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Champagne, picnics and dinner suits are ‘a pretentious charade’

Andrew Mellor

Britain’s changing operatic landscape

8:00, 14th September 2017

‘Glyndebourne’s supremacy is no more’ blethered the Daily Mail in an article at the start of the summer that heralded a new age of country house opera. The rag may have put a bizarre spin on the story with its ‘Operas are no longer just for the posh’ headline and raised eyebrows with the introduction of an all-new summer opera festival in ‘Carsington’, but it got the first bit right. If you want to watch live, staged opera in a non-urban environment in the summer months and dress up for it, 2017 was the year that opened the floodgates of opportunity.

Is this a good thing? Of course it is. If you like opera and believe in its power, then the more opera there is, the better the world becomes. None of these companies takes a public subsidy except for Glyndebourne, which does so simply to visit places like Plymouth and Woking in the autumn with none of the frippery associated with the summer festival (the Glyndebourne Tour happens, also, to be sponsored by the Daily Mail).

But as we transition from the summer to the autumn, our eyes and ears must be open to the real effect that the explosion of country house opera is having on the UK’s established, legacy opera companies – those which present their work in cities accessible by public transport, which employ orchestras and choruses the year round, and which do not give two hoots if you turn up in a tuxedo or a Torquay United shirt.

Glyndebourne is among the companies struggling to maintain footfall © Leigh Simpson
Glyndebourne is among the companies struggling to maintain footfall
© Leigh Simpson

It is no secret that some of our metropolitan and touring companies (Glyndebourne included) are struggling to maintain footfall. When Welsh National Opera’s season opened last September with Verdi’s Macbeth, it was ‘to a worrying number of empty seats’, according to the Daily Telegraph. Were the good folk of the west of England looking forward to an opera-free autumn having filled their boots throughout the summer? Graham Vick described the British opera scene as ‘in crisis’ in an interview with the BBC, implying that country house festivals were squeezing regional outfits like WNO. And that was in 2015.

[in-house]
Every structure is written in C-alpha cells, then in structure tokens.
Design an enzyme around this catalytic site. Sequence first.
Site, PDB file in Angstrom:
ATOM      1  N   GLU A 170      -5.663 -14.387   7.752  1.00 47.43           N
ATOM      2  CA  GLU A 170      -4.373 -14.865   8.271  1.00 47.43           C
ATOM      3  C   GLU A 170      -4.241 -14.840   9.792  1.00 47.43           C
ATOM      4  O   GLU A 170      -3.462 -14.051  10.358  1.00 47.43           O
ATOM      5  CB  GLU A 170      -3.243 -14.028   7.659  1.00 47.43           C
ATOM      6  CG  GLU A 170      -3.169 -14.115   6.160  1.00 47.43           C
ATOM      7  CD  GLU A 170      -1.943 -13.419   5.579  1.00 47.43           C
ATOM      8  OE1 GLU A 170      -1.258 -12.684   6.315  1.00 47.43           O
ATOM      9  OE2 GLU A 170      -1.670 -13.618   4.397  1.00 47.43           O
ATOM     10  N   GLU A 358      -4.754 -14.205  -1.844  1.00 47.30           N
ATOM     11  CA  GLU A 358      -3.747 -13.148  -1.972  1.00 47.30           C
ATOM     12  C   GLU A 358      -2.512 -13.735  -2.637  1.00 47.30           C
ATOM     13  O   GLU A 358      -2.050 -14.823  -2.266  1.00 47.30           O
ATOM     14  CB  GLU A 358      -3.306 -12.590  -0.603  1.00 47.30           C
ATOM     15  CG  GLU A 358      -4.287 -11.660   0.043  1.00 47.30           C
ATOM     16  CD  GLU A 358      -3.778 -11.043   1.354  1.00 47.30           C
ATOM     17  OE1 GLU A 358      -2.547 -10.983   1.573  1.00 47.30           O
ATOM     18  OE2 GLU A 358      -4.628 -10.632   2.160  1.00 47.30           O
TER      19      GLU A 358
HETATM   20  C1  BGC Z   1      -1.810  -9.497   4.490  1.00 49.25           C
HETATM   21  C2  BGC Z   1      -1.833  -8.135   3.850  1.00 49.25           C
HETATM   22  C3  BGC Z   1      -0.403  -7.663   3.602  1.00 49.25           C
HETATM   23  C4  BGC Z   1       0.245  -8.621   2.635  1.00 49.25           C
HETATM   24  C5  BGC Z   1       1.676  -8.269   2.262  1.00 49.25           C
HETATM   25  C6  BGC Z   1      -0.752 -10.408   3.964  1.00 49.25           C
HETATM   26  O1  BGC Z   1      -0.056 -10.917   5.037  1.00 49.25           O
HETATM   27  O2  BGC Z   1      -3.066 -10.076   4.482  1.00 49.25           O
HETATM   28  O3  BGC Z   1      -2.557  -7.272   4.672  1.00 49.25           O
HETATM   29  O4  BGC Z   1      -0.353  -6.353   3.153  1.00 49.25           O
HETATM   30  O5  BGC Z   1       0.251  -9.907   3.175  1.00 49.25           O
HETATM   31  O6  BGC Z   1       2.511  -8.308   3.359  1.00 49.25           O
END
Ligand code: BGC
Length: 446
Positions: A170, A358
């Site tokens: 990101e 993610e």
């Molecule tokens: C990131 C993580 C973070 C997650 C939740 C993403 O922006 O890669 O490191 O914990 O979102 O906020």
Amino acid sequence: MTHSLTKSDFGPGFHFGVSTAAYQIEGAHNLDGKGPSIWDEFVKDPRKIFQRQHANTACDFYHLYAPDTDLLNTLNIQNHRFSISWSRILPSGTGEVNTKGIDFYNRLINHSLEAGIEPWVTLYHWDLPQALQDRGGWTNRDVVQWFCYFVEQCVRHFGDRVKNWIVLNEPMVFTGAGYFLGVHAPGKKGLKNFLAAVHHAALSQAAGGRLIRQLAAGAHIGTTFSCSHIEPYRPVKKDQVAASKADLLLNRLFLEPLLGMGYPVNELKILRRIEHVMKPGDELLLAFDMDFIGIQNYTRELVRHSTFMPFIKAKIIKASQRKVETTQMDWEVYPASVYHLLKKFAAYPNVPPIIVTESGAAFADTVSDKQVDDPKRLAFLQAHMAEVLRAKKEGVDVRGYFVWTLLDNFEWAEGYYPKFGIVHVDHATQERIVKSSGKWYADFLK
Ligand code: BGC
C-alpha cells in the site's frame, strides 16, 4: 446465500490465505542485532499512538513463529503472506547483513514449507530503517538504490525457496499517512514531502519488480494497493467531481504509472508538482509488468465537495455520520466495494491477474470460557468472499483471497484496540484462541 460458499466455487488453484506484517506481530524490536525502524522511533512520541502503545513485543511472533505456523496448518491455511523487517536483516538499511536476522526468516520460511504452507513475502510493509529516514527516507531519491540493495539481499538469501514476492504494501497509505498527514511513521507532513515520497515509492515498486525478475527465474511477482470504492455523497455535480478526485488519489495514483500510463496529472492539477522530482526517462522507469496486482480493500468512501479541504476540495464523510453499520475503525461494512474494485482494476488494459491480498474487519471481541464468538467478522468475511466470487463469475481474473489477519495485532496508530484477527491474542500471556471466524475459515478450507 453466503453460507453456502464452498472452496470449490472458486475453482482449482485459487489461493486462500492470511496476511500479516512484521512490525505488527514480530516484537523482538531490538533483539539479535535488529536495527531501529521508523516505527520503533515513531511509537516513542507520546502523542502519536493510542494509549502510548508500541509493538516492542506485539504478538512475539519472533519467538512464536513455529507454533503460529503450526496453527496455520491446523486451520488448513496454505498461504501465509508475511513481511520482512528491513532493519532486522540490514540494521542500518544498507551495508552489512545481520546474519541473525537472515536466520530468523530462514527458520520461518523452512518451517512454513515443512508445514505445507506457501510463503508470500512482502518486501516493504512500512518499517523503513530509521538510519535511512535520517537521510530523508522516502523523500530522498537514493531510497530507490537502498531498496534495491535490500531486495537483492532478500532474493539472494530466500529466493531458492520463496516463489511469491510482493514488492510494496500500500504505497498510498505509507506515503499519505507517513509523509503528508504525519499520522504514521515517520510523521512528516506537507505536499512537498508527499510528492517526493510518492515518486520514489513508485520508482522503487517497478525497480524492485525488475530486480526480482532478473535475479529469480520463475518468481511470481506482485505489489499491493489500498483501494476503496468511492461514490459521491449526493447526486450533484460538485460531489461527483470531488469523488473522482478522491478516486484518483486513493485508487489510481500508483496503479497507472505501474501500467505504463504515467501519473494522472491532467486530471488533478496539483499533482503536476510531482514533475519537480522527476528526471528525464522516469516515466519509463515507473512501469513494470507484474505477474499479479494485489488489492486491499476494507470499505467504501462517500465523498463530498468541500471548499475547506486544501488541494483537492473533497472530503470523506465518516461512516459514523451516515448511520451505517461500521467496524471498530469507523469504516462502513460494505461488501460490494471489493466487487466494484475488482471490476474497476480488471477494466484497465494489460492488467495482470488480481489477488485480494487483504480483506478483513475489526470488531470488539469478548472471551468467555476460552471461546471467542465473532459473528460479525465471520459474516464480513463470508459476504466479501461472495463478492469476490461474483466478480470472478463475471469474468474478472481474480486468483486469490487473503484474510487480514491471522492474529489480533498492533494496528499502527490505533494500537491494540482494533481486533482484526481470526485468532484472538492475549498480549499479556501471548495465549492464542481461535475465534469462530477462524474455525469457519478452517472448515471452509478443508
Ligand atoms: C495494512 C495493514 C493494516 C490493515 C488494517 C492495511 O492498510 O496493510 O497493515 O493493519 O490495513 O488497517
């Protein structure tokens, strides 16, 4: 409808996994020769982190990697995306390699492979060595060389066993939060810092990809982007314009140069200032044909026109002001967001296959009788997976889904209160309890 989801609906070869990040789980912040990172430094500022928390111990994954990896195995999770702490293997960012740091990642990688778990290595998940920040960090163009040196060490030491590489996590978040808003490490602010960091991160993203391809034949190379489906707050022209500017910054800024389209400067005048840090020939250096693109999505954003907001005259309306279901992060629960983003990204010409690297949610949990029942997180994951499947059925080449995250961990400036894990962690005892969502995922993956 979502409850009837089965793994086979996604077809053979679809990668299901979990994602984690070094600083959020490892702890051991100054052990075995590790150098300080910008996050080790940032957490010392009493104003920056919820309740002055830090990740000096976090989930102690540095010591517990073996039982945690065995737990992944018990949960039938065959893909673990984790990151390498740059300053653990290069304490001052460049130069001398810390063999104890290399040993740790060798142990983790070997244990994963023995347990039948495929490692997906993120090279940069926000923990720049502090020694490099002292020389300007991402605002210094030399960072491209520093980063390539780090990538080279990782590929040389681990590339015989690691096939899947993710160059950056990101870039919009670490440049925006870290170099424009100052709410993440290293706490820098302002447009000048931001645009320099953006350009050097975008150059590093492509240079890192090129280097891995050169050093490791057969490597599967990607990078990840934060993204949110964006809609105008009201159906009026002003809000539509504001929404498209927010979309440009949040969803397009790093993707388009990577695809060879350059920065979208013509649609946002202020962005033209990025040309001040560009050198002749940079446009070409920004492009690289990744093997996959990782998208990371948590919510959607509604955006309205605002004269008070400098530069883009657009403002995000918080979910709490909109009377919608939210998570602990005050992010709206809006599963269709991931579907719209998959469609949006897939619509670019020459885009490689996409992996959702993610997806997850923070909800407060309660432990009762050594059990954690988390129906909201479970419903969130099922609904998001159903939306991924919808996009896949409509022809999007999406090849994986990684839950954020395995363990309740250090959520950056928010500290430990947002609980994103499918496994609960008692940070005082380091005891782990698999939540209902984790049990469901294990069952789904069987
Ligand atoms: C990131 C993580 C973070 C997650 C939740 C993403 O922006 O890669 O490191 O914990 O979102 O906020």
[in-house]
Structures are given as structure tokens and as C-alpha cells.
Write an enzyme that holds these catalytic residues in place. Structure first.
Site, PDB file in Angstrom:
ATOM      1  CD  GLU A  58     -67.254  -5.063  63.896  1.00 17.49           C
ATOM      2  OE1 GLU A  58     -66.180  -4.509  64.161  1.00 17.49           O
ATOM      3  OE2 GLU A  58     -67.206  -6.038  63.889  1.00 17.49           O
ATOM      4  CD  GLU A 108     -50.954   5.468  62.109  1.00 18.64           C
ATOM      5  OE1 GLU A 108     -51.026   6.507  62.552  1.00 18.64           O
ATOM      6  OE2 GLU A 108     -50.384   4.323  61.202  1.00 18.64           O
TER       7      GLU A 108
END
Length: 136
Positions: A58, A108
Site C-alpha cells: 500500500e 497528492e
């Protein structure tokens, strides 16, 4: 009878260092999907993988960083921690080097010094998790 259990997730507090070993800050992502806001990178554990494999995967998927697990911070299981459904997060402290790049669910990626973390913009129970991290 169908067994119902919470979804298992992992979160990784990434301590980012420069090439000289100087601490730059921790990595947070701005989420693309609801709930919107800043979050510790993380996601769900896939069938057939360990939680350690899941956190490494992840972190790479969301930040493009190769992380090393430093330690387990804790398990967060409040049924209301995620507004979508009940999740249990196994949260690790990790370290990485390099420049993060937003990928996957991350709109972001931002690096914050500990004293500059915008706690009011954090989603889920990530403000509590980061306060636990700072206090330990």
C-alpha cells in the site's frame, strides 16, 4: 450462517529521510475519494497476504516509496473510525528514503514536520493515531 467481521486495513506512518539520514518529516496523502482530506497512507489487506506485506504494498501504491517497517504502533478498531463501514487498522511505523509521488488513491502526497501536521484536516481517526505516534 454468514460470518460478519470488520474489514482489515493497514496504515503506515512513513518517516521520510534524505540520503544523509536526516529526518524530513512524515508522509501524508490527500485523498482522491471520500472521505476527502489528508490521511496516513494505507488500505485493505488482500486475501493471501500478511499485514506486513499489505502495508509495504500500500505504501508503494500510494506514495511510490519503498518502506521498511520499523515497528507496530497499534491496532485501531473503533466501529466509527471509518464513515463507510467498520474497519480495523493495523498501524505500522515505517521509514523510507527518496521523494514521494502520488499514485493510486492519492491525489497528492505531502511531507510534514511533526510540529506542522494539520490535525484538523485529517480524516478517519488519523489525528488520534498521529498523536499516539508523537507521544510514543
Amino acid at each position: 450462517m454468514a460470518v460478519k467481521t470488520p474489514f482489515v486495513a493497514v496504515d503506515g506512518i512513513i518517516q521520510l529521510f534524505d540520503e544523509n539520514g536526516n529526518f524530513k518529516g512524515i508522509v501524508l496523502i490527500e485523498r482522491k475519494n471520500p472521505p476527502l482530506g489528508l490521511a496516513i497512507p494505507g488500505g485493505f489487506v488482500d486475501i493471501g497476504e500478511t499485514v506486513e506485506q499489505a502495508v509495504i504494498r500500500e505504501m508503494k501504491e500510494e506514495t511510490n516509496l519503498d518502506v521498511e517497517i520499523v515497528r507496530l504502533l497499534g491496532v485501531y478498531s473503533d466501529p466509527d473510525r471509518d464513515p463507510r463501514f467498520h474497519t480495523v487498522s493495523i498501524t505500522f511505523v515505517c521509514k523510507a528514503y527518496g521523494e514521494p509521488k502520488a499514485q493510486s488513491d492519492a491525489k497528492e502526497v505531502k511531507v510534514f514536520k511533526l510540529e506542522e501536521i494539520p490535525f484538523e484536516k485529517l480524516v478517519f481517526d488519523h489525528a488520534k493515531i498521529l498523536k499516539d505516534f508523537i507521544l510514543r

We can hardly blame the plucky new companies themselves. They do what they do (you’d hope) because they believe in opera and relish its power. Maybe, just maybe, they are introducing more newbies to the art form than their metropolitan counterparts are. But from the distance of the internet (I attended zero country house opera performances in the UK this year), it looks rather different. Perhaps I’m jealous, but after the thousandth social media photo of people posing on manicured lawns somewhere in the home counties clinking glasses of expensive champagne, it was hard not to wonder what the UK’s opera scene must look like to the uninitiated.

For me, opera is about having your heart ripped out and your brain exploded inside a theatre. But to millennials feeding off social media imagery, it will look very different indeed – a formal, Royal Ascot-like affair (nobody’s interested in the horse racing) an awfully long way from the creative passion and power of festivals like Glastonbury. It must bewilder our colleagues in other theatrical art forms. It must incense those who have worked so hard to change opera’s troubled image in recent years. And if we’re not careful, it will undermine the public subsidies on which our full-time companies rely.

Those of us who believe picnics and dinner suits are a pretentious charade with little connection to the uncomfortable realities of art probably just have to get over it. And we can: nobody bats an eyelid if you crack open a can of Fosters during half time at Opera Holland Park (do so just outside the grounds and the stewards might even pop over for a chat). For many years there was a little pub in the grounds of Glyndebourne where you could chomp on Walker’s smoky bacon during the dinner interval while reflecting on what you’d seen.

But that doesn’t negate the responsibility the industry has to take a good look at its external reputation and to maintain checks on such a rapidly evolving landscape. Are singers too tired? Do private companies provide arguments against public subsidy? And, most importantly, how do we want the opera world to look and feel – in the wider context of theatrical relevance, public funding and our marvellous legacy companies – in 2030?

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